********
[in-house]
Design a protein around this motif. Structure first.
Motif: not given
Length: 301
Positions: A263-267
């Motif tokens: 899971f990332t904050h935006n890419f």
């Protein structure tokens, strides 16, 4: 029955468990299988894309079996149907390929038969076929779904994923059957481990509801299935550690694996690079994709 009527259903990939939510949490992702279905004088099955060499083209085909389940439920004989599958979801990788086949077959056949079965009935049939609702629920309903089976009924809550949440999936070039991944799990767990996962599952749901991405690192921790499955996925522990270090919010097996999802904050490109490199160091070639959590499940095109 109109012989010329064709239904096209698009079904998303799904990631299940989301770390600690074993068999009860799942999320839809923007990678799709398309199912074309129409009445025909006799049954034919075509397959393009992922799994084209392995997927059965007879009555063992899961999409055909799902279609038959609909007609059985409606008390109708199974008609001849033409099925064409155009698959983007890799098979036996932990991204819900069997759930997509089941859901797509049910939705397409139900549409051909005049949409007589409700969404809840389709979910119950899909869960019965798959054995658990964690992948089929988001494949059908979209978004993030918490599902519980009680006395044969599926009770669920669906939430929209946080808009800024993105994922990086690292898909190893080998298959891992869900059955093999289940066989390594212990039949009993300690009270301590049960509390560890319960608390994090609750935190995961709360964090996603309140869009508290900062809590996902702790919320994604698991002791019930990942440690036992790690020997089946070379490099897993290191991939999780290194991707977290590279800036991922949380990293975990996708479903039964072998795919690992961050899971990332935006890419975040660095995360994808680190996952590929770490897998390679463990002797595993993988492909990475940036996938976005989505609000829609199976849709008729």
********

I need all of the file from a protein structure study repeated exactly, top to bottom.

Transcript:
[in-house]
Design a protein around this motif. Structure first.
Motif: not given
Length: 301
Positions: A263-267
């Motif tokens: 899971f990332t904050h935006n890419f």
């Protein structure tokens, strides 16, 4: 029955468990299988894309079996149907390929038969076929779904994923059957481990509801299935550690694996690079994709 009527259903990939939510949490992702279905004088099955060499083209085909389940439920004989599958979801990788086949077959056949079965009935049939609702629920309903089976009924809550949440999936070039991944799990767990996962599952749901991405690192921790499955996925522990270090919010097996999802904050490109490199160091070639959590499940095109 109109012989010329064709239904096209698009079904998303799904990631299940989301770390600690074993068999009860799942999320839809923007990678799709398309199912074309129409009445025909006799049954034919075509397959393009992922799994084209392995997927059965007879009555063992899961999409055909799902279609038959609909007609059985409606008390109708199974008609001849033409099925064409155009698959983007890799098979036996932990991204819900069997759930997509089941859901797509049910939705397409139900549409051909005049949409007589409700969404809840389709979910119950899909869960019965798959054995658990964690992948089929988001494949059908979209978004993030918490599902519980009680006395044969599926009770669920669906939430929209946080808009800024993105994922990086690292898909190893080998298959891992869900059955093999289940066989390594212990039949009993300690009270301590049960509390560890319960608390994090609750935190995961709360964090996603309140869009508290900062809590996902702790919320994604698991002791019930990942440690036992790690020997089946070379490099897993290191991939999780290194991707977290590279800036991922949380990293975990996708479903039964072998795919690992961050899971990332935006890419975040660095995360994808680190996952590929770490897998390679463990002797595993993988492909990475940036996938976005989505609000829609199976849709008729």